Wednesday, 22 October 2008

Location, Location, Lights, Camera!

What colour are your dreams?  Apparently if you dream in black and white you're likely to be in a specific age group that was exposed to B&W TV and film programs a lot.  The fact is that either side of the B&W film and TV era, most people dreamed in colour.  It kind of makes sense, too.

Before the advent of B&W, the only monochrome experience people were likely to have was the odd charcoal or pencil sketch - and they hardly have much impact, generally.  And afterwards, TV and films were in colour.  Actually, I can kind of prove it.  The people who were in their formative years in that era, were people as young as my age, and upward.  Luckily for me, there was a brief encounter with B&W TV in the early Sixties when I was still quite young, then I had no access to TV again until I was about 13 - 14.  (Because we lived in rural Australia in the late 60's and early 70's when TV coverage was still mainly confined to cities.  My parents didn't remove TV privileges, they removed us from the TV...)

And my dreams are in glorious colour.  I'm sure had I been exposed to mono telly and films I would also be having drab dreams.

Which leads to a bit of an understanding of how environment affects and shapes us:  Suppose you lived in a drab place with little colour other than the greys whites and blacks of permafrost - you're 25% likely to have monochrome dreams.  Actually - since B&W TV would only have taken a few hours a day of your life while living in permafrost is - permanent - I'd say you would find that people in such environments are 50% or more likely to dream in monochrome.

These people were the drivers of technology and modern life.  They had to be, because the land was inhospitable.  And maybe it's easier to think logically in B&W.  Whatever - I've just noticed and drawn your attention to what may well be an important correlation:  People who lie in drab colourless environments invent things.  And people who live in wonderfully friendly environments with a riot of colours (think jungles and tropics) were more content to adapt to life rather than adapt life to them.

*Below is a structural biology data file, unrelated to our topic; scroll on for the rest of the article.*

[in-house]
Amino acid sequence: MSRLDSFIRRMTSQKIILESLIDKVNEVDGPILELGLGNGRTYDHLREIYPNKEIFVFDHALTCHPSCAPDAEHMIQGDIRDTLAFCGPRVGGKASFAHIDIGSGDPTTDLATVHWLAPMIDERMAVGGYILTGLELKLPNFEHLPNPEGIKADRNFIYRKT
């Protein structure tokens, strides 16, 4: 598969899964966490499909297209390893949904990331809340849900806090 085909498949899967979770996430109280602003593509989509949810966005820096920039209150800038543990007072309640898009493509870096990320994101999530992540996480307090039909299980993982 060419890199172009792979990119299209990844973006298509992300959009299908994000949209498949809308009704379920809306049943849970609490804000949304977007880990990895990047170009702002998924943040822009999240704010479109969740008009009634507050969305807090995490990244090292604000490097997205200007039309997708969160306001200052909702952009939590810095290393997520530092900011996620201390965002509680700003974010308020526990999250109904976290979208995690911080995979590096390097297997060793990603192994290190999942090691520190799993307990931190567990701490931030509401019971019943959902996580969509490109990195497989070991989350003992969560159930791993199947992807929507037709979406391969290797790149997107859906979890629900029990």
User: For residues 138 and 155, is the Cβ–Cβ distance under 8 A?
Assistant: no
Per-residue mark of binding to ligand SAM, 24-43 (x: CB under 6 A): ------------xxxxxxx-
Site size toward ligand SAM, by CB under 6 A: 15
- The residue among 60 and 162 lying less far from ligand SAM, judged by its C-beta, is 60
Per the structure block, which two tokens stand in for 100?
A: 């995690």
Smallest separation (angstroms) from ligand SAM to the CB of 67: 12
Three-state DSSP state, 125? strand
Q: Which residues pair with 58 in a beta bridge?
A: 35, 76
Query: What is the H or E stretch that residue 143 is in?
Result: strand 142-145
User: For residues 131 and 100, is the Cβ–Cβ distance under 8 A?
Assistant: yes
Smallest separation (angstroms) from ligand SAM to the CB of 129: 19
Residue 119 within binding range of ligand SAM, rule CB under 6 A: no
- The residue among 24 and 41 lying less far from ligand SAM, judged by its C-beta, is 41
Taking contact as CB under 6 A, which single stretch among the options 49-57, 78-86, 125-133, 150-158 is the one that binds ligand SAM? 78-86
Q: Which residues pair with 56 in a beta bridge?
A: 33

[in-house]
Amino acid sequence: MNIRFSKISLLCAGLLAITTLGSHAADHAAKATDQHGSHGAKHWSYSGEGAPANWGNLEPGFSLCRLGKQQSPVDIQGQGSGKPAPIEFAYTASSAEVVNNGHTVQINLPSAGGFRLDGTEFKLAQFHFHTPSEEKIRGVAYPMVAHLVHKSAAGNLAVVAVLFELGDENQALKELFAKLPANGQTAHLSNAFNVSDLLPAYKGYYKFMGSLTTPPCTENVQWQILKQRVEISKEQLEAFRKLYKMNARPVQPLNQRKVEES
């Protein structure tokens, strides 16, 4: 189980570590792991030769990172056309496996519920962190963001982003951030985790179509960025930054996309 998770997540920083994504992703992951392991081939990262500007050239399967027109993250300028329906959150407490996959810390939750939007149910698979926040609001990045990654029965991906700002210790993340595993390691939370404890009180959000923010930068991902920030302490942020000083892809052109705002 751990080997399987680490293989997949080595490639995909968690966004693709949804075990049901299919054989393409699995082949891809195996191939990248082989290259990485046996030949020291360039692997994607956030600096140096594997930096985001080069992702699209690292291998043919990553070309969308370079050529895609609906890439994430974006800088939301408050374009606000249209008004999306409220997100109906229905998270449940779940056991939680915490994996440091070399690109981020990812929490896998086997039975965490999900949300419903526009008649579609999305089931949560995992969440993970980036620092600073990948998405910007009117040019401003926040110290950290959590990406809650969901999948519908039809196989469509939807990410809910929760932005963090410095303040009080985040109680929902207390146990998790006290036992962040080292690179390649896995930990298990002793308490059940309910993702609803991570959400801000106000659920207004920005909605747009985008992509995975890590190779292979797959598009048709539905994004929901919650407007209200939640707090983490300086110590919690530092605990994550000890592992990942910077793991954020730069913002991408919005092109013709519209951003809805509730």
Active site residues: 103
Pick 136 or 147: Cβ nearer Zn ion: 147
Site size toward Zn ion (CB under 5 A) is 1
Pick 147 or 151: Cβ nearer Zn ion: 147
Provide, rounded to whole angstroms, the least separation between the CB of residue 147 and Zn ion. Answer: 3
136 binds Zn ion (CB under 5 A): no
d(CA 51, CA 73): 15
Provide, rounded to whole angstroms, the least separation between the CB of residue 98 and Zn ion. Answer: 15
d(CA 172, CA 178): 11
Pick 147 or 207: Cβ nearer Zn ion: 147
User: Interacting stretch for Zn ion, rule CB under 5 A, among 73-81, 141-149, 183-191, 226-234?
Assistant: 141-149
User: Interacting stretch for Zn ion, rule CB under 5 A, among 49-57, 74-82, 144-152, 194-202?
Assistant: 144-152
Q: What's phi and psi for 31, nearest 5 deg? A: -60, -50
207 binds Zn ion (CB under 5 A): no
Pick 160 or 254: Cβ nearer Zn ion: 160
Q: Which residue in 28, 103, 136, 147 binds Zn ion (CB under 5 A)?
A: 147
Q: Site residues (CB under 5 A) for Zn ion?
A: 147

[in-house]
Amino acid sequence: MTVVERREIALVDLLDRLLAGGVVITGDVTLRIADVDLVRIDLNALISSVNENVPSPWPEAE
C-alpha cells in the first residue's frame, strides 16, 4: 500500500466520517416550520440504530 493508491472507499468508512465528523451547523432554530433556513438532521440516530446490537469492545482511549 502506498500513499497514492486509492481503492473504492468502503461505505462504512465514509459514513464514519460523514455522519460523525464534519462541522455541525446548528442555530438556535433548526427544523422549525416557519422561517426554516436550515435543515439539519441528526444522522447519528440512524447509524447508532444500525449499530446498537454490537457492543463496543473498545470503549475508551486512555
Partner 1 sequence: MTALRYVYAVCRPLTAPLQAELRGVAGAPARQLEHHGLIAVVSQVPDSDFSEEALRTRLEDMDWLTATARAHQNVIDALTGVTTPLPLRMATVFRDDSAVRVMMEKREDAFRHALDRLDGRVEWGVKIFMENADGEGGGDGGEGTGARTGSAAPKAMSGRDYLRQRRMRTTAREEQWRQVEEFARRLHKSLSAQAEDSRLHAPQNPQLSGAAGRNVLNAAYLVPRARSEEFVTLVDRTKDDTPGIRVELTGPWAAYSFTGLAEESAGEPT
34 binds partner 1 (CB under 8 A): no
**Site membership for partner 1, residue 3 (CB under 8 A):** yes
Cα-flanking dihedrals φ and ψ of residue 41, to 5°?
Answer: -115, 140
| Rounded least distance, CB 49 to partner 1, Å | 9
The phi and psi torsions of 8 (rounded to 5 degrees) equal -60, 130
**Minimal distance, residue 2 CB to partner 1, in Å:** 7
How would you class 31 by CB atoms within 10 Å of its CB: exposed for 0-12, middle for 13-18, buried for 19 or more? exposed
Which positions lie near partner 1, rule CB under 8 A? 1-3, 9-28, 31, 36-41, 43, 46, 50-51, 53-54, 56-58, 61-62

Who knows if that's true, it certainly makes sense and explains the wide spread of stages of technological development of the different races.  All it took was location...


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3 comments:

Katisha said...

Hi Ted

Interesting concept、never thought of it like that before. I was informed the whole colour / b&w dreaming was down to how creative you are. Creative people are more likely to dream in colour. Which does add to your theory.

Personally mine are in technicolour, I'm getting the surround sound installed next week. :)

Bye
Katisha from 2L

teddlesruss dat who! said...

Well apparently now the sentiment is that it's environmental. All else is my own conjecture and could as easily be totally wrong. It's just an observation I made long ago about how local foods shaped personality, and now, it seems that the whole environment must be doing that shaping.

Also, we have a lot of people in the world who have changed environments at some stage of their development and who are now products of two or more formative environments - what will such people achieve?

Wolfie! said...

OK, I was born in 1965 and colour tv didn't come out till around 1975 [we had ours fairly early on].

I remember how surprised I was to find that Cookie Monster was blue and not dark grey.

I never dreamt in black and white, except for one night when I did.

People had been talking about dreaming in black and white or colour at some point and that was the first I'd heard about it.

Heh, Katisha dreams in a patented colour system. ;)

Wolfie! [who got his blabbing abilities back today]

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